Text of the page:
Localized

            + Most common type of EB

+ High threshold of friction or trauma required

+  Usually hands and feet

+ Usually present in infancy but may not present until adulthood

+  Hyperhidrosis

+ Palmoplantar hyperkeratosis

Generalized

            + Generalized skin blistering

+ Worst at areas of friction

+ Improves with age

+ Hyperhidrosis

+ Palmoplantar hyperkeratosis

+ Can have intraoral involvement

+ 20% have nail involvement

 

 

Junctional EB

Autosomal recessive

Spectrum from mild involvement to lethal

Nail and Mouth involvement common

 

+ Herlitz type

            Most kids don’t make it past age 2

            Oral and esophageaol blisters

            Loss of fingernail

            Growth retardation and anemia

+ Generalized Herlitz

            Not as lethal

            Localized and Diffuse

+ with Pyloric Atresia

            usually lethal in neonatal period

            no fingernails

            severe generalized blisters

 

Dystrophic EB

Dystrophic = scarring

Types

            + Dominant (less severe)

                        present at birth, blisters with scars and milia, 80% nail involvement, GI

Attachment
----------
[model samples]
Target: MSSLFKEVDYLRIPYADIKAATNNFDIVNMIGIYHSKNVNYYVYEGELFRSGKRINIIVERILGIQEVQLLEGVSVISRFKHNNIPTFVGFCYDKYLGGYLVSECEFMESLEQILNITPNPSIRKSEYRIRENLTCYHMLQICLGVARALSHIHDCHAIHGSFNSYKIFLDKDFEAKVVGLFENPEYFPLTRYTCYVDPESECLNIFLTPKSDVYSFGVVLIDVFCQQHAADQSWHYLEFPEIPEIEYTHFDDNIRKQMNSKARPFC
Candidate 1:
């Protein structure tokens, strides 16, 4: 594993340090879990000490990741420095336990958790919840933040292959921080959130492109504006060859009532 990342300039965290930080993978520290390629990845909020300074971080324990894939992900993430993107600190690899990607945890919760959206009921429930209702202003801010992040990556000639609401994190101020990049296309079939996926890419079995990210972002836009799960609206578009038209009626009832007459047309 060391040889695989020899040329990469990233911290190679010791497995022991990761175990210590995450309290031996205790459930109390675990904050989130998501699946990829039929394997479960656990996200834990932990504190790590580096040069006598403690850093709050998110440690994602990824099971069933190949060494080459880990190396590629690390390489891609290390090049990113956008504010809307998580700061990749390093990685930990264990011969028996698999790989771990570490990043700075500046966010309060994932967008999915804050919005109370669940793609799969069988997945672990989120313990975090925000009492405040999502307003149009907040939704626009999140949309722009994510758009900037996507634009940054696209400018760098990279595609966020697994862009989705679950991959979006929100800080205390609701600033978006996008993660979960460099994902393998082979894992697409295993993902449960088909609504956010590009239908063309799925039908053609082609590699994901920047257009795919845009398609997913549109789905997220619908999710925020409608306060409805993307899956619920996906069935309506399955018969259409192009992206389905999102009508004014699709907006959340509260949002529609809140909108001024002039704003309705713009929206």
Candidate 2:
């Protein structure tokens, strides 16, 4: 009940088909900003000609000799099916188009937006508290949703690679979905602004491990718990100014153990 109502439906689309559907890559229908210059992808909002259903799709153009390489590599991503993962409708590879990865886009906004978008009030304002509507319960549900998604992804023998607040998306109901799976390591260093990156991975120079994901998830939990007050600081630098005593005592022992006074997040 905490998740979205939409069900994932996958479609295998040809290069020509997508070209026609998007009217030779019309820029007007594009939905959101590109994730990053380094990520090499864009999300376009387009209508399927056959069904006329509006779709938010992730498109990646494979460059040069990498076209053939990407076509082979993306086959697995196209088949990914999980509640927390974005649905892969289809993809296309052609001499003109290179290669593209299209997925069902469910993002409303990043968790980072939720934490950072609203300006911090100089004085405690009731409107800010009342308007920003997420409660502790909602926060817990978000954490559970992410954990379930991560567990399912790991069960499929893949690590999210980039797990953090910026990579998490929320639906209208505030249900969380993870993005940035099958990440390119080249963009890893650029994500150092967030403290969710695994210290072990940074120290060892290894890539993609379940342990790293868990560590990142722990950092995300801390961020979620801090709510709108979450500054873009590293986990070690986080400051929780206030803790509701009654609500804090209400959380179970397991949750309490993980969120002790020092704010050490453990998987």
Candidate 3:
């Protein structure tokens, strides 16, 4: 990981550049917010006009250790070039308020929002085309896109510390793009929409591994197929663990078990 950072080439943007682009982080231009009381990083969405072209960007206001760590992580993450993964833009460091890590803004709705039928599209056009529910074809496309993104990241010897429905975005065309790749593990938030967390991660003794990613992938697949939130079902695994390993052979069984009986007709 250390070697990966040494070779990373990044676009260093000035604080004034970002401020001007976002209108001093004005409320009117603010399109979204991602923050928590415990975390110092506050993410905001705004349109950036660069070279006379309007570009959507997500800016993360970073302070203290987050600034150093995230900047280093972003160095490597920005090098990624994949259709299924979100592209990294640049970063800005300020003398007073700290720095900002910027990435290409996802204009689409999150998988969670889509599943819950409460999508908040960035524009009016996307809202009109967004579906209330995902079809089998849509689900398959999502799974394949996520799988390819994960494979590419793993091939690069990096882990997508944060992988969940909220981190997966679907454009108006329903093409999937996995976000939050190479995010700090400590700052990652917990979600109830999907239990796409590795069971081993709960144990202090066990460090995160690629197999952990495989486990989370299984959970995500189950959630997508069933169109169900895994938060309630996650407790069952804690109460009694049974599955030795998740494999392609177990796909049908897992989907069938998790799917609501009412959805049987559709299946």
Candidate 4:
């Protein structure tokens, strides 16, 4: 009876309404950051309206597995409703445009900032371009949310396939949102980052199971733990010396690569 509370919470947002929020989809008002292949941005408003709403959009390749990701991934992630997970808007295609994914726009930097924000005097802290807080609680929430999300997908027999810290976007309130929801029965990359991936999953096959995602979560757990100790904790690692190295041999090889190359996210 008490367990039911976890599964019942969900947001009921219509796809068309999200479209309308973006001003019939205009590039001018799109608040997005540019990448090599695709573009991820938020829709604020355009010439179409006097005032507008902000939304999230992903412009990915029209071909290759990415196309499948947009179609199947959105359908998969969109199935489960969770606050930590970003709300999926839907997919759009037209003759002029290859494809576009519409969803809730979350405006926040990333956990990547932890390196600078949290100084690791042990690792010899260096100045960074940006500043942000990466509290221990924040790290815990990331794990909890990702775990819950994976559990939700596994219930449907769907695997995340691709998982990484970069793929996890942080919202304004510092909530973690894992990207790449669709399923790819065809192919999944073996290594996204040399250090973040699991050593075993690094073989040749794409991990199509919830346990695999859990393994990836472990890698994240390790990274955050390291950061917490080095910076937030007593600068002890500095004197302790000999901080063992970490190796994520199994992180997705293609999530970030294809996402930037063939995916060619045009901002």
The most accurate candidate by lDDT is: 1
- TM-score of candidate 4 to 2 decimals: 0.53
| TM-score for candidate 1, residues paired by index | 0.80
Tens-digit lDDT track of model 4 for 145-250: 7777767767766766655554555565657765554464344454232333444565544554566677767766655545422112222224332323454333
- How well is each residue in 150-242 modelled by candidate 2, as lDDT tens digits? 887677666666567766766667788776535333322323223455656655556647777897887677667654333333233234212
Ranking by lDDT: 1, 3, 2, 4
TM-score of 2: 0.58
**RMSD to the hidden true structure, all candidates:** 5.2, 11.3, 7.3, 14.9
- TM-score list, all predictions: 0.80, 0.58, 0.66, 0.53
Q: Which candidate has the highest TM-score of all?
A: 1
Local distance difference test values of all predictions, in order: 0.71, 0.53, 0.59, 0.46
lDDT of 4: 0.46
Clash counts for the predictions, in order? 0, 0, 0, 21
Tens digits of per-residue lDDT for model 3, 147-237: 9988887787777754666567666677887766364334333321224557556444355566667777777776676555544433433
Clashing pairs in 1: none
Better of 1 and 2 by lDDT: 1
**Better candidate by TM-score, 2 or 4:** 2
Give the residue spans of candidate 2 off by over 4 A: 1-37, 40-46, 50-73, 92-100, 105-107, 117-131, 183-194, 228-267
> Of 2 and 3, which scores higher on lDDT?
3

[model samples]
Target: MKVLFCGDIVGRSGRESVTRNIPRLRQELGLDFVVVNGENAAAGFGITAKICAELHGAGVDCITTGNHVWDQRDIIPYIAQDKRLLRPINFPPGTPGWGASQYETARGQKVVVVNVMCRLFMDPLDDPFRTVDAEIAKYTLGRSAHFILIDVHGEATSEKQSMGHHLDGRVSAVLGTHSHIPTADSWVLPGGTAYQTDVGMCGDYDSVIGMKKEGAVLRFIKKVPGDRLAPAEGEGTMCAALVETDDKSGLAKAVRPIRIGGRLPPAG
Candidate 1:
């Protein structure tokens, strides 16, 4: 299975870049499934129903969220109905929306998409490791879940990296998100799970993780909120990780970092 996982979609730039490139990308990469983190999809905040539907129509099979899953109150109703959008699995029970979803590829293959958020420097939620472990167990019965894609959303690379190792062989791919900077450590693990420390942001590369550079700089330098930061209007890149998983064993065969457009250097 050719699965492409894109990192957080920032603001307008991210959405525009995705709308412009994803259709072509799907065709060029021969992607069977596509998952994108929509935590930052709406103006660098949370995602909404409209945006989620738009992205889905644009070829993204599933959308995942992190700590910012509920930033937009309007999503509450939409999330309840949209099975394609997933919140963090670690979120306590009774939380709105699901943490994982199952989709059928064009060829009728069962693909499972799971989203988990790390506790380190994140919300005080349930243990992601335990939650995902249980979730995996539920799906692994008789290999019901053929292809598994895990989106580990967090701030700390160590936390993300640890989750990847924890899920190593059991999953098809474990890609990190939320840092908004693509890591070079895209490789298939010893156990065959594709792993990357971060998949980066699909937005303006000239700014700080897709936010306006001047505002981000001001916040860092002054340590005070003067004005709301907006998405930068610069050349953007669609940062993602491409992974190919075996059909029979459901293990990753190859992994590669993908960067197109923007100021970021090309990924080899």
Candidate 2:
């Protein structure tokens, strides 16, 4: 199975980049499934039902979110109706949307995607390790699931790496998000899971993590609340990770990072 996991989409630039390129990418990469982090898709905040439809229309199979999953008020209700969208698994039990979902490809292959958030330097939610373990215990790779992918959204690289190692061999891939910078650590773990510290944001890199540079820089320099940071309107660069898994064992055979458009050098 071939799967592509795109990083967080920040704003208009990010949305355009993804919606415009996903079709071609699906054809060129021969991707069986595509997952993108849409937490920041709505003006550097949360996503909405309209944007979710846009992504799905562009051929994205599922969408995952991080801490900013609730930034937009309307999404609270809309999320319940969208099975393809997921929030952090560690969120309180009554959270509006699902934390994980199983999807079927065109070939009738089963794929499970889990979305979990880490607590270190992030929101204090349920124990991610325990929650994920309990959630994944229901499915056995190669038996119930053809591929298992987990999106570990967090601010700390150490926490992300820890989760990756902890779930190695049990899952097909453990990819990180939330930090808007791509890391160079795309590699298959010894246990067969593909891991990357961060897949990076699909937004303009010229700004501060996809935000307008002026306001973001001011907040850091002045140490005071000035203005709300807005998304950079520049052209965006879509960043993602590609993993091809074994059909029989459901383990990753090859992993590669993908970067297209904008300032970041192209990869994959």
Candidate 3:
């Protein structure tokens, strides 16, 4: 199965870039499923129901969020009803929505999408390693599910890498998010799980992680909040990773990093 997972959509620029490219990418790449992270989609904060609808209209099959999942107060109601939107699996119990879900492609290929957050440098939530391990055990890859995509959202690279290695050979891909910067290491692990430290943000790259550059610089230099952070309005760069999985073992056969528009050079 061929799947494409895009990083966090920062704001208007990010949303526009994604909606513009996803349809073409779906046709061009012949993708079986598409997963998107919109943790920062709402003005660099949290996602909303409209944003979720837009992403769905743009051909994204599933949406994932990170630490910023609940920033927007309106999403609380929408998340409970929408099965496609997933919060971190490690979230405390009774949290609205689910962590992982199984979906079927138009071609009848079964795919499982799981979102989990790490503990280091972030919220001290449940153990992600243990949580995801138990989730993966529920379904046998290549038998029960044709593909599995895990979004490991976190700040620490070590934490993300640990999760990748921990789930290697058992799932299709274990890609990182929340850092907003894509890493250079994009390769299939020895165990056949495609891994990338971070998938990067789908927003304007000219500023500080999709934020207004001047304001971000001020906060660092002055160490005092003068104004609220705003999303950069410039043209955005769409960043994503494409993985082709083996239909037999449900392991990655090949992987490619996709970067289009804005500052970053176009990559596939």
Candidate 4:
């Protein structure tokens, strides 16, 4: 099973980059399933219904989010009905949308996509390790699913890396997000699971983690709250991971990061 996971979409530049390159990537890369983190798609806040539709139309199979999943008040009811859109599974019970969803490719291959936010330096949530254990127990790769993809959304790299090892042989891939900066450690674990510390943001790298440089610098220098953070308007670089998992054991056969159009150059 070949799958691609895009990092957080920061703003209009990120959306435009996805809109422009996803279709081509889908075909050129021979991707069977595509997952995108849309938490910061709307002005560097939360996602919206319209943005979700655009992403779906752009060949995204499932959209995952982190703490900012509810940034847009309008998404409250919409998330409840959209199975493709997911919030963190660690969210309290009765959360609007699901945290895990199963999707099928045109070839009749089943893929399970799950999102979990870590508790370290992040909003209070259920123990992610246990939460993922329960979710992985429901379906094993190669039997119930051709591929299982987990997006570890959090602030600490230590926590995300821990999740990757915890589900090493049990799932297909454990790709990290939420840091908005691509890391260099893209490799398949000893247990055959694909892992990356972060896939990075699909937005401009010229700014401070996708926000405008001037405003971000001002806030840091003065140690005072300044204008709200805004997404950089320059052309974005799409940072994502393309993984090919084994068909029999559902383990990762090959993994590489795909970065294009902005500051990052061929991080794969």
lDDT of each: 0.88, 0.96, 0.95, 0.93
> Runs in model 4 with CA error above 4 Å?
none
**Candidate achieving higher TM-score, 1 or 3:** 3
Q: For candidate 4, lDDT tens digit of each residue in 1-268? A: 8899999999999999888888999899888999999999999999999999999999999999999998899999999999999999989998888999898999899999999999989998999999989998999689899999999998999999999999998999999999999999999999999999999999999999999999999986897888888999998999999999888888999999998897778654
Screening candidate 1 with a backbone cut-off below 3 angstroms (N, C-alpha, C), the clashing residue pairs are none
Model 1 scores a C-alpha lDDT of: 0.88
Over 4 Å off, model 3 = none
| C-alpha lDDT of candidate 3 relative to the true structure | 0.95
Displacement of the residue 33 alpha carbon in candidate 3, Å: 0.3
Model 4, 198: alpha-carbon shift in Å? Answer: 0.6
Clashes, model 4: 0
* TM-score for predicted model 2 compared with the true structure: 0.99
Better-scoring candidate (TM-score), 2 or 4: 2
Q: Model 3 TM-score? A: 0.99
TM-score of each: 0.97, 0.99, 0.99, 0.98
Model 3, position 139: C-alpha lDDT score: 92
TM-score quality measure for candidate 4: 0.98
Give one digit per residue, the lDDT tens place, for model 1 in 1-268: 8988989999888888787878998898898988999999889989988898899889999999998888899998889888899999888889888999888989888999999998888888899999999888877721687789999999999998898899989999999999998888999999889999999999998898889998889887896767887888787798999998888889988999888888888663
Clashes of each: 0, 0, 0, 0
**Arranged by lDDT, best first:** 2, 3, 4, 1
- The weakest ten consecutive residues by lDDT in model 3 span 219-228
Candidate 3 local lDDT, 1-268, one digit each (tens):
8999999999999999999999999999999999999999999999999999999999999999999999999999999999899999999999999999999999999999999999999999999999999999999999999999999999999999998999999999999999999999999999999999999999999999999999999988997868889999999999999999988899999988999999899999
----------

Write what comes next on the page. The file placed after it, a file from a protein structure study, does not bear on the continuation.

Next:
involvement

            + Recessive Dystrophic EB

                        Life-altering disease

                        Widespread dystrophic scarring and severe mucous membrane

                        Involvement

                        Mitten deformity

                        Dental deformity

 

There is no cure for EB, it’s more about supportive care

+ Minimize trauma and friction, genetic counseling, psychological support

+ Daily to every other day bathing, remove bandages and give pain medication prior

+ Antibactieral ointment for wound care

+ Dressings have 3 layers: contact layer, protective layer, tubular netting or rolled gauze

+ Avoid tape and pressure

+ Bandage each digit individually to prevent mitten deformity

+ Calorie support

+ Stem cell transplant

 

[image by Lubs Mary]